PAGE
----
Many in the sport see exciting times ahead, with ‘Captain Canada’ Ian Millar now at the helm for the senior jumping team and Dayton Gorsline continuing to do outstanding work with the young riders. It is factors such as having these luminaries of the sport developing and working with riders that make CAN Jump so timely.

“Canada has so many talented riders, both at the senior as well as young rider level, and this initiative is all about opening doors and ensuring Canada always sends the strongest teams possible to Nations Cups,” says Foster. “Additionally, we want to ensure that all riders who earn a spot to represent Canada will have the opportunity to achieve their dream without financial hardship.”

Considering that Amy Millar, Underhill and Foster could themselves be potential funding recipients, what are the safeguards against conflicts of interest?

Board member Tim Worden advised, “Transparency and accountability are central to this initiative. We are working hard behind the scenes to finalize a policies document that all Board members must approve. This will be posted online when it is ready and strictly adhered to. The procedures are rigid with respect to how funds can be handed out and there is a clear progression for what we will be able to fund and when.”

Amy Millar added, “There is zero conflict of interest. The HPAG and the TA choose the Nations Cup events Canada will attend each year. CAN Jump will fund as many of these trips as we can. If one of us is named to the team, then we will be eligible for our share of funds.”

Another important aspect of the CAN Jump Initiative is to promote the Canadian show jumping community and venues. “We have some state-of-the-art facilities here in Canada and we want to create an atmosphere where Canadians, as well as other riders from around the globe, are excited to come here to compete,” explains Millar. “This will involve all riders stepping up to promote show jumping in Canada, working with show sponsors to ensure they receive a return on their investment, and creating new educational opportunities for young riders.”

For both Amy Millar and Foster, who continue to represent their country at home and abroad, the CAN Jump Initiative also feels personal. “I love riding on the Canadian team, it is one of the most fun and exciting things I do,” Millar explains. “To be successful at the international level, we need to go to Nations Cups all over the world and earn our standing. This costs a lot of money and takes us away from our business which is our source of income. Paying for my own horses to travel all over the world and reducing the income from my home operation is not a sustainable situation for me and a barrier to entry for many riders in Canada.”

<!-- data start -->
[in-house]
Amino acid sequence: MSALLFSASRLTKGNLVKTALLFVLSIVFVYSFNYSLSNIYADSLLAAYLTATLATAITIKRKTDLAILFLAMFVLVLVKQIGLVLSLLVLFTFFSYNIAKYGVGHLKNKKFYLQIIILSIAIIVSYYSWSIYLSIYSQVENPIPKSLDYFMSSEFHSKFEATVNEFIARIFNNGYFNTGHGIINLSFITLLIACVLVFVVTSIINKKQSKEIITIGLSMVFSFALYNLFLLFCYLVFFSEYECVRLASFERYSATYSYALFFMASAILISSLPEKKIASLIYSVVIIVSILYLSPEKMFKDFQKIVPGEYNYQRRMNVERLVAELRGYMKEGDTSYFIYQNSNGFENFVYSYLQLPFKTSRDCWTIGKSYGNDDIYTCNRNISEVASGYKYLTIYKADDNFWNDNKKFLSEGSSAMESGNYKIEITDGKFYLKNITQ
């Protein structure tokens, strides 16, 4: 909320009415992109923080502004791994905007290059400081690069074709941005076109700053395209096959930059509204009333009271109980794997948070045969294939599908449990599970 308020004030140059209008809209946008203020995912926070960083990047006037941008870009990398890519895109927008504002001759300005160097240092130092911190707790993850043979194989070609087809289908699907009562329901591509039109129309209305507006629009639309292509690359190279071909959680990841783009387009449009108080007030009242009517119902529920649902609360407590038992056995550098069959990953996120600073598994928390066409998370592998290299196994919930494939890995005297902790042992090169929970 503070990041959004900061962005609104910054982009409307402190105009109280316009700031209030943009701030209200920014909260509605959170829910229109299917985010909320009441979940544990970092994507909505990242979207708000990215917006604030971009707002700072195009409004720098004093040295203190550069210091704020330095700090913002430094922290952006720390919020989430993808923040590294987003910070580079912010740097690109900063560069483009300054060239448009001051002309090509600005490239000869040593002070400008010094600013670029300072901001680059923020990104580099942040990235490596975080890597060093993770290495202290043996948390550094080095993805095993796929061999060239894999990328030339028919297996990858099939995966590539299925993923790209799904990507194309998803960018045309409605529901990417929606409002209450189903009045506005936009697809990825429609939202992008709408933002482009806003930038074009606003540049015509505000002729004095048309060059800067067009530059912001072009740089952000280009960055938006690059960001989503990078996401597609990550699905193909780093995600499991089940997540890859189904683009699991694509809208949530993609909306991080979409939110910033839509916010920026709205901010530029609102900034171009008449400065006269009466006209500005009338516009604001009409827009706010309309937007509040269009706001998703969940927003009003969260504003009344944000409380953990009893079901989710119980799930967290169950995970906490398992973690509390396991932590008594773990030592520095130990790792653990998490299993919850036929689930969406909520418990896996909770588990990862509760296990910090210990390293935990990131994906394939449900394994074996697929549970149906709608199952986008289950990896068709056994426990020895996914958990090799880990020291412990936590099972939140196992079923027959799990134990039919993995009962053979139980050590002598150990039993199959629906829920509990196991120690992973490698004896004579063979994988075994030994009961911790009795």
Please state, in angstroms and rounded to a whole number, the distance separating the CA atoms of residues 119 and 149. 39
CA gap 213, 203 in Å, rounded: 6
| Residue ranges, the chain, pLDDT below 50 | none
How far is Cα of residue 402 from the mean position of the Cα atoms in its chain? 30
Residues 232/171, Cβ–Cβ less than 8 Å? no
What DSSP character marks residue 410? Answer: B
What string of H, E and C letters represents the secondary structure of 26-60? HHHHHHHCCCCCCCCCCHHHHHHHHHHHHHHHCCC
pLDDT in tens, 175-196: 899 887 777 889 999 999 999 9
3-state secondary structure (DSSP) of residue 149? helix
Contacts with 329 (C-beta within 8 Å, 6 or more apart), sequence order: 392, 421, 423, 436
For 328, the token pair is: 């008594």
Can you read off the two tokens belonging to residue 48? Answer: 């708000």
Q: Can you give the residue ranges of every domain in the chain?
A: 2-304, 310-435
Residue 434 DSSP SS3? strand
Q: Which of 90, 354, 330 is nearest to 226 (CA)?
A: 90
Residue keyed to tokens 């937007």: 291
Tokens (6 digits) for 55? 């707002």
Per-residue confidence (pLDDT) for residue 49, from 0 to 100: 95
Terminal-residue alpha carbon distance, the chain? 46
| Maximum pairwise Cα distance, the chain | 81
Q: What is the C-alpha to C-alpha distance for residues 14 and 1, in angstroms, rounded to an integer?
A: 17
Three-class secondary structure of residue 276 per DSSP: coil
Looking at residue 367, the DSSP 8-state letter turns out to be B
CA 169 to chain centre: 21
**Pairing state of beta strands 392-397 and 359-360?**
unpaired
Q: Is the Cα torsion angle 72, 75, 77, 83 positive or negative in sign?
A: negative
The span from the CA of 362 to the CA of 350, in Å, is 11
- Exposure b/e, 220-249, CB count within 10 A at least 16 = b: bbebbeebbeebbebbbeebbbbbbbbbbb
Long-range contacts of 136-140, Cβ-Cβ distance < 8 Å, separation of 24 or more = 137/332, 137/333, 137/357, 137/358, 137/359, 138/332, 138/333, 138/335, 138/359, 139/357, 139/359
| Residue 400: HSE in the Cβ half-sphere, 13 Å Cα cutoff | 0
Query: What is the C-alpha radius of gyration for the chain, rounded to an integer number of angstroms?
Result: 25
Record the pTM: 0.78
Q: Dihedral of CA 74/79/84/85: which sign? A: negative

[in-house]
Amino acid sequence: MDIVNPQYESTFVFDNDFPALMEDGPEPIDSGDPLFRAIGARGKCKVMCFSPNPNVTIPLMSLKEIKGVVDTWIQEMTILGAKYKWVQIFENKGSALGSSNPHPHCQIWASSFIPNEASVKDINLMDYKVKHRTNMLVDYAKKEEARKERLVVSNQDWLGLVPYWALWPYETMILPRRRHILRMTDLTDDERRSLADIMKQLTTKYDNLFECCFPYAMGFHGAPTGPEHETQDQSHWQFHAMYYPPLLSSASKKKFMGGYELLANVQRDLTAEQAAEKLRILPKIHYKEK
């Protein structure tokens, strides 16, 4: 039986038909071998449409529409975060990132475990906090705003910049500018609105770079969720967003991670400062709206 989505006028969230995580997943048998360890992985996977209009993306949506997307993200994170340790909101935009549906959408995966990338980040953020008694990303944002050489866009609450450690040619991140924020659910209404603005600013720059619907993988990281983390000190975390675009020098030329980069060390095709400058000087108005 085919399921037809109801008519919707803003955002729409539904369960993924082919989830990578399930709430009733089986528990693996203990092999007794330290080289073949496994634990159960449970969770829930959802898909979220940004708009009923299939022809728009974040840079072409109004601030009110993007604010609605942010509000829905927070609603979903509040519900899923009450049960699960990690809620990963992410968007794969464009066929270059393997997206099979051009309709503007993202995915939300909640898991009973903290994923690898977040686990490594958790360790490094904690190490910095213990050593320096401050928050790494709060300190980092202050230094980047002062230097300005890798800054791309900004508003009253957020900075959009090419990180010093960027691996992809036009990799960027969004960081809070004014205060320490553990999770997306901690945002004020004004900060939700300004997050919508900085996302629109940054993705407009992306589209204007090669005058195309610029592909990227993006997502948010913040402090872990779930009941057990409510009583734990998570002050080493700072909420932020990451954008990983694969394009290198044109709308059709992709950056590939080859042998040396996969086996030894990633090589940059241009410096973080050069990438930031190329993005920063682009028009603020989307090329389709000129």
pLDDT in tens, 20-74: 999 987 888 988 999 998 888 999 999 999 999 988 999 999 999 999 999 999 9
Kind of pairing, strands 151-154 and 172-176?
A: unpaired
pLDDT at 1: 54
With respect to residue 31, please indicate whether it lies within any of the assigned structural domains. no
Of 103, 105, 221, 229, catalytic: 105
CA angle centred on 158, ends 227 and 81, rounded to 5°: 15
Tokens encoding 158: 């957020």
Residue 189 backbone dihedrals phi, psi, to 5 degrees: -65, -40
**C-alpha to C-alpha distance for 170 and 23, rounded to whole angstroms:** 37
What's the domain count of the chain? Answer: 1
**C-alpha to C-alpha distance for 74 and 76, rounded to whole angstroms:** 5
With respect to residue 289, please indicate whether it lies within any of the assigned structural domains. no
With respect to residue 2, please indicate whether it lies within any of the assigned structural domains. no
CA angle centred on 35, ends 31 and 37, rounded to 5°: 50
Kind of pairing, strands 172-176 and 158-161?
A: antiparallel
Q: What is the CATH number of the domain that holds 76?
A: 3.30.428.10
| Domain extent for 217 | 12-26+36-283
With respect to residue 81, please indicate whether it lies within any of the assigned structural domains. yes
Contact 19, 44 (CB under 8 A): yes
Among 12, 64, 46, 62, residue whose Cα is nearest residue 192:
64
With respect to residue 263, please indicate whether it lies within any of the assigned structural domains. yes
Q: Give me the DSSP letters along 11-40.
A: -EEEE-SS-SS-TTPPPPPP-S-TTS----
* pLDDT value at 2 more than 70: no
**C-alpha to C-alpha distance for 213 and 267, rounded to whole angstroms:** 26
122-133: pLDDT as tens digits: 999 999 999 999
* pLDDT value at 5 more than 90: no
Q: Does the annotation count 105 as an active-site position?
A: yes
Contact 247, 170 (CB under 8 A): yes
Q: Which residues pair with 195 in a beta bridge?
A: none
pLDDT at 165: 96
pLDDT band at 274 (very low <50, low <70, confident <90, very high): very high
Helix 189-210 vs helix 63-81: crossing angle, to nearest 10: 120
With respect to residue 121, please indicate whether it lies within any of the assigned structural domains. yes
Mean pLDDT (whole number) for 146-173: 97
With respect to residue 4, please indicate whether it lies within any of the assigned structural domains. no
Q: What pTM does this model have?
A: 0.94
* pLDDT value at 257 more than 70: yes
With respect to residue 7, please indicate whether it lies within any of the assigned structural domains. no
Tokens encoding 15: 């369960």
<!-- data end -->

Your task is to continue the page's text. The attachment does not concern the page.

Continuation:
The CAN Jump Initiative also aims to go beyond meeting the needs of Canada’s current crop of equestrian athletes, by having a solid, dependable base of funding for future generations of riders. “I wanted to help create something that can allow ANY Canadian rider to dream as big as they want to dream,” says Foster. “We want to give young riders something to aim for! Riding for your country is the biggest honour you can have in your career, and we want to open doors for as many people as we can to do just that.”

Worden concluded, “Canada has always had talented riders but the resources and opportunities available to them have been lacking for a number of years now and this impacts their ability to reach the podium. Looking toward the future, it is a really exciting time for the sport in Canada as we have some great younger Canadian riders coming up – but they need opportunities to showcase their abilities, gain access to bigger shows, as well as to attract owners.

“My hope is that initiatives like this disrupt the current Canadian showjumping landscape and get people to think differently. How can we attract donors who are passionate about the sport and leverage this funding for maximum benefit? What opportunities exist to give the next generation experience and exposure? The status quo is not good enough but this initiative will help move the sport in the right direction.”